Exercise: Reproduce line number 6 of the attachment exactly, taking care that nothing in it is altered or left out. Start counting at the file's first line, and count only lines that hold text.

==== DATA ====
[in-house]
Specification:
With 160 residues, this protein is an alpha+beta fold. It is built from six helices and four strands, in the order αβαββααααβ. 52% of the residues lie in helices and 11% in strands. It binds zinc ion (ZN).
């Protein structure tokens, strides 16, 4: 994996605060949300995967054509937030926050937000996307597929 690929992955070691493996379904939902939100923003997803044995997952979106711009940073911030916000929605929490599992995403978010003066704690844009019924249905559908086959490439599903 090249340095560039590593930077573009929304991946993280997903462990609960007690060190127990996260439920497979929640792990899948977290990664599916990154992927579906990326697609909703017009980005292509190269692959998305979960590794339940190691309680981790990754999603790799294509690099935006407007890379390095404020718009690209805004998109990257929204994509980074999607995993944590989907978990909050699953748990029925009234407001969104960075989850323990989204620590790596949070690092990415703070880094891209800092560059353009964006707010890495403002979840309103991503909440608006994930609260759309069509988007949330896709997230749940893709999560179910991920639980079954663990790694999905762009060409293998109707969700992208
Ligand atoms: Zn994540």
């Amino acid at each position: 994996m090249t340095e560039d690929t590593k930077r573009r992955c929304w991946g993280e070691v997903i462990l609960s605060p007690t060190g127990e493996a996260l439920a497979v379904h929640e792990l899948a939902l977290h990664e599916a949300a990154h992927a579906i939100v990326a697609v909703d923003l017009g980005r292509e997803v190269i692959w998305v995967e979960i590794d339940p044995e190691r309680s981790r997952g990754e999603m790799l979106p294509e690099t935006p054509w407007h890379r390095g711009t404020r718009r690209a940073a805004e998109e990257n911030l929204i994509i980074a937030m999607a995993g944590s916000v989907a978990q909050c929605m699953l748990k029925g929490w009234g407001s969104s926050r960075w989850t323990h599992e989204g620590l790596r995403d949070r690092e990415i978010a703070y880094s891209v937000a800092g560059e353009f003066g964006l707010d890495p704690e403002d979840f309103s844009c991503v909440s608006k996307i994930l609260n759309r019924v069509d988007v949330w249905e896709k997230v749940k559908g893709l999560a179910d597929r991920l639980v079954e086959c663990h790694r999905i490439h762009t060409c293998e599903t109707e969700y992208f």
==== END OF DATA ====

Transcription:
């Amino acid at each position: 994996m090249t340095e560039d690929t590593k930077r573009r992955c929304w991946g993280e070691v997903i462990l609960s605060p007690t060190g127990e493996a996260l439920a497979v379904h929640e792990l899948a939902l977290h990664e599916a949300a990154h992927a579906i939100v990326a697609v909703d923003l017009g980005r292509e997803v190269i692959w998305v995967e979960i590794d339940p044995e190691r309680s981790r997952g990754e999603m790799l979106p294509e690099t935006p054509w407007h890379r390095g711009t404020r718009r690209a940073a805004e998109e990257n911030l929204i994509i980074a937030m999607a995993g944590s916000v989907a978990q909050c929605m699953l748990k029925g929490w009234g407001s969104s926050r960075w989850t323990h599992e989204g620590l790596r995403d949070r690092e990415i978010a703070y880094s891209v937000a800092g560059e353009f003066g964006l707010d890495p704690e403002d979840f309103s844009c991503v909440s608006k996307i994930l609260n759309r019924v069509d988007v949330w249905e896709k997230v749940k559908g893709l999560a179910d597929r991920l639980v079954e086959c663990h790694r999905i490439h762009t060409c293998e599903t109707e969700y992208f």